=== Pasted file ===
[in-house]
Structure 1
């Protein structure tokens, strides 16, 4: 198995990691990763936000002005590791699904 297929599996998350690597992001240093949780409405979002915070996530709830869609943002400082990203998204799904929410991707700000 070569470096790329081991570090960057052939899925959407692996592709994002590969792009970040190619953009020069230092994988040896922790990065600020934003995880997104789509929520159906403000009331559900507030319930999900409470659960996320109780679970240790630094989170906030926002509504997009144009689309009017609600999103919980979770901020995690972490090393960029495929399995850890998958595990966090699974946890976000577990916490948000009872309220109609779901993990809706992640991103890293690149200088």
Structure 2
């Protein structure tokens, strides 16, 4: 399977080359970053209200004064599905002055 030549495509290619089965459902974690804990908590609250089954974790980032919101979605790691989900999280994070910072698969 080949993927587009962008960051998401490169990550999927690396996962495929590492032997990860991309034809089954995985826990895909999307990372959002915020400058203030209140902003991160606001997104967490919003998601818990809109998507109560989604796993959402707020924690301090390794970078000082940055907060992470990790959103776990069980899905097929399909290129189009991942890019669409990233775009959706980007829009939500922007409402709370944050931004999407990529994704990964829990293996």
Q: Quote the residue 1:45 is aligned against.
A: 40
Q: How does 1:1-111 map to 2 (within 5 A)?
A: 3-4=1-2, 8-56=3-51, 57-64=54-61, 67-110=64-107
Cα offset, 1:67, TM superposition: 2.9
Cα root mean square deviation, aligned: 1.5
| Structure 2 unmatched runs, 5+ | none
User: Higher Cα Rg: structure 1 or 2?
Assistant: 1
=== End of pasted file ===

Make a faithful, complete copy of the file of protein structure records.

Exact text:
[in-house]
Structure 1
């Protein structure tokens, strides 16, 4: 198995990691990763936000002005590791699904 297929599996998350690597992001240093949780409405979002915070996530709830869609943002400082990203998204799904929410991707700000 070569470096790329081991570090960057052939899925959407692996592709994002590969792009970040190619953009020069230092994988040896922790990065600020934003995880997104789509929520159906403000009331559900507030319930999900409470659960996320109780679970240790630094989170906030926002509504997009144009689309009017609600999103919980979770901020995690972490090393960029495929399995850890998958595990966090699974946890976000577990916490948000009872309220109609779901993990809706992640991103890293690149200088």
Structure 2
């Protein structure tokens, strides 16, 4: 399977080359970053209200004064599905002055 030549495509290619089965459902974690804990908590609250089954974790980032919101979605790691989900999280994070910072698969 080949993927587009962008960051998401490169990550999927690396996962495929590492032997990860991309034809089954995985826990895909999307990372959002915020400058203030209140902003991160606001997104967490919003998601818990809109998507109560989604796993959402707020924690301090390794970078000082940055907060992470990790959103776990069980899905097929399909290129189009991942890019669409990233775009959706980007829009939500922007409402709370944050931004999407990529994704990964829990293996």
Q: Quote the residue 1:45 is aligned against.
A: 40
Q: How does 1:1-111 map to 2 (within 5 A)?
A: 3-4=1-2, 8-56=3-51, 57-64=54-61, 67-110=64-107
Cα offset, 1:67, TM superposition: 2.9
Cα root mean square deviation, aligned: 1.5
| Structure 2 unmatched runs, 5+ | none
User: Higher Cα Rg: structure 1 or 2?
Assistant: 1